clock menu more-arrow no yes

Filed under:

Stefen Wisniewski’s words speak volumes

New, comments

Not impressed.

NFL: Preseason-Tampa Bay Buccaneers at Philadelphia Eagles Bill Streicher-USA TODAY Sports

Words, words, words.

Character is often revealed in the wake of failure, more so than success. Every week, this is shown to be true in locker rooms in the bowels of football stadiums. Grown men walk on to grass fields expecting the best, but one group of men walks away staring frustration in the face, and only a shower and a group of short, cloying reporters awaits.

The Eagles lost to Washington on Sunday, and their rookie lineman Halapoulivaati Vaitai struggled mightily. Carson Wentz made a few mistakes late in the game, and Fletcher Cox likely cost the team four points.

And yet the most telling words to trickle out of the visiting locker room at FedEx Field didn’t come from any of those three.

Wentz stood at a podium and took ownership of his mistakes, like holding on to the ball too long for two straight plays during a drive in which the Eagles needed to score to tie the game. “I’ve got to get the ball out,” Wentz said, according to the Inquirer’s Zach Berman. “I can’t take those sacks. That’s definitely on me.”

Cox sang a similar tune at his locker, where he wrested with the same mistake for the second week in a row: a penalty flag thrown because he too aggressively took down the opposing quarterback, breaking a rule. “It’s the second week in a row for me to do really dumb shit like that,” Cox said, according to the Daily News’ Les Bowen.

There are two schools of response here.

Wentz, a rookie and the face of the Eagles’ franchise, takes the media-trained honesty approach. He summarizes what he did wrong, and explains that the blame rests on his shoulders instead of publicly blasting an offensive line that stood weak in front of him all afternoon. It doesn’t matter how he feels; this is what he says to the public. This is what the team sees him telling the public.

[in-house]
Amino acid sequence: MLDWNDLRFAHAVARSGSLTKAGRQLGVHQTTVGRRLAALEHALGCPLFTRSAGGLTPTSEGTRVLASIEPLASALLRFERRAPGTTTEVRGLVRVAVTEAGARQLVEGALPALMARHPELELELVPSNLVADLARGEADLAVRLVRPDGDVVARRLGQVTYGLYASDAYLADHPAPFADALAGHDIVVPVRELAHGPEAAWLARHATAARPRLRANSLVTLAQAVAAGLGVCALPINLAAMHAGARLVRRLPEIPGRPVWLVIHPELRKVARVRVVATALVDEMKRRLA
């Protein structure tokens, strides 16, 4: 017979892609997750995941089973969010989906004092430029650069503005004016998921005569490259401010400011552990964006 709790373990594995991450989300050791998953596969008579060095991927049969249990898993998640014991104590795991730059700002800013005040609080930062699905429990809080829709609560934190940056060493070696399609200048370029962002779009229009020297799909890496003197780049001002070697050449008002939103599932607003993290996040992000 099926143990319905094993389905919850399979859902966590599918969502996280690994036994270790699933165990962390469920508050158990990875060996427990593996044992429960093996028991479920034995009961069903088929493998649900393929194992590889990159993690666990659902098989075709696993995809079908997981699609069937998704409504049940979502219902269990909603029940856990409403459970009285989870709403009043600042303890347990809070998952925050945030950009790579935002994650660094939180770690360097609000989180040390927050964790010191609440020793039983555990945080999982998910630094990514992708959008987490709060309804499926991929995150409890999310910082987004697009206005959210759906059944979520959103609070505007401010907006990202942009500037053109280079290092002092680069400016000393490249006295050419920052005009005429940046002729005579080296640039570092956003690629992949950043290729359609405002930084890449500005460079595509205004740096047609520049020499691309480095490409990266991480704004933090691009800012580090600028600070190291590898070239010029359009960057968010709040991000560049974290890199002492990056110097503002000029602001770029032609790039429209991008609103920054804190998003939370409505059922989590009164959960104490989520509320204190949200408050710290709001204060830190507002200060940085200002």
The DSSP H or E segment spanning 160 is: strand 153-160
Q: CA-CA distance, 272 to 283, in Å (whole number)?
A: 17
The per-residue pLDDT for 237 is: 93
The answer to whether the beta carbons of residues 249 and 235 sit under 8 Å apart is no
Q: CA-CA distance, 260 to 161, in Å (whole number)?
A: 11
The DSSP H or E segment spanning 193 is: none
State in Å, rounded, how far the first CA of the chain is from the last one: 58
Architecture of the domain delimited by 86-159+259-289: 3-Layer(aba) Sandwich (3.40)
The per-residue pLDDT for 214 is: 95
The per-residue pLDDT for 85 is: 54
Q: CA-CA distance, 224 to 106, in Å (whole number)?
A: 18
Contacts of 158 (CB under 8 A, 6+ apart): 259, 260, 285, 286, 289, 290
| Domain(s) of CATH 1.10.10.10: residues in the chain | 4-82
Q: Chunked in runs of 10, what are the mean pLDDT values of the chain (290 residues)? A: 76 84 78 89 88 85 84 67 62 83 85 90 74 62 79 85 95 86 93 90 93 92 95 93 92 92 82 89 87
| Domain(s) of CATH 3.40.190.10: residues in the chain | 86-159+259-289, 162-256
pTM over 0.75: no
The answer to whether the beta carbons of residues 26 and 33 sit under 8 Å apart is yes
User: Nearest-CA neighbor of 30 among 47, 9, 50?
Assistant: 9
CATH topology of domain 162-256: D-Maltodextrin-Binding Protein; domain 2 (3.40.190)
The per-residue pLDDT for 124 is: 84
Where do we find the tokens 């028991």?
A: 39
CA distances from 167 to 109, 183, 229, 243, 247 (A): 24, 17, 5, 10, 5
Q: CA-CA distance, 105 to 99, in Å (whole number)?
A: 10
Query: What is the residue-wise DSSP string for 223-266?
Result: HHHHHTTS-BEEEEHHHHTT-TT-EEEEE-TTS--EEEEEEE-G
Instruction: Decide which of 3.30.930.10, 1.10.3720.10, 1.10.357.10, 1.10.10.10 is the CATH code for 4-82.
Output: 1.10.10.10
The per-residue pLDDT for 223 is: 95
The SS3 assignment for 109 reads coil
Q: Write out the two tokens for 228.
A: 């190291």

Cox, a seasoned star and a fan favorite, opted for the more-believable but less-palatable-for-PR honesty approach. He swears. He sounds disappointed in himself. He, too, owns the mistake instead of shouting out referees, who have stung the Eagles with 27 penalties over the last two games. Again, it doesn’t matter how Cox feels. This is what he presents to the public, for the team.

Which is why it’s so jarring, then, to hear how Stefen Wisniewski postured after Sunday’s game.

Wisniewski, of course, is dealing with the fact that Vaitai got the nod over him. Vaitai struggled Sunday, so reporters went to Wisniewski, eager to see if he had a take on the rookie’s ugly start. Instead of backing the rookie, his teammate, he continued his campaign of self-serving quotes.

What does he think the coaches will do heading into next week? Will he talk to them about what needs to change?

“They are smart,” Wisniewski said of the coaches, according to NJ.com's Eliot Shorr-Parks. “They'll watch the tape and make a decision. I don't think they need my input.”

That’s an interesting way to answer that question. He could have said the coaches would talk to Vaitai about what went well, what didn’t, and how to fix things. He could have talked about how it was just one game. He could have — and, probably, should have — delivered a litany of player-speak cliches, all designed to placate fan bases and teammates in times of failure.

He chose to help himself.

Wisniewski said “he was told” Vaitai had been practicing really well, as if he was unable to see for himself the work Vaitai was doing when the two practice together all week. He could have backed the rookie, who’s probably hurting after the first game of his professional career, something he’s been working towards his entire life, didn’t go as planned.

He chose to help himself.

Fans normally form opinions of players based on two things: playing ability, and attitude. What they present the public with. Carson Wentz is a team-first guy. Fletcher Cox is as well.

Wisniewski is making it clear his first priority is himself. Which, of course, is completely his choice.

Maybe I’m wrong about the people of Philadelphia, but that doesn’t seem like something Eagles fans will flock to.

Because he had a chance to ingratiate himself with teammates and with fans by stepping to bat for Vaitai.

Instead, he said he’s “hoping to get a shot eventually.”

He chose to help himself.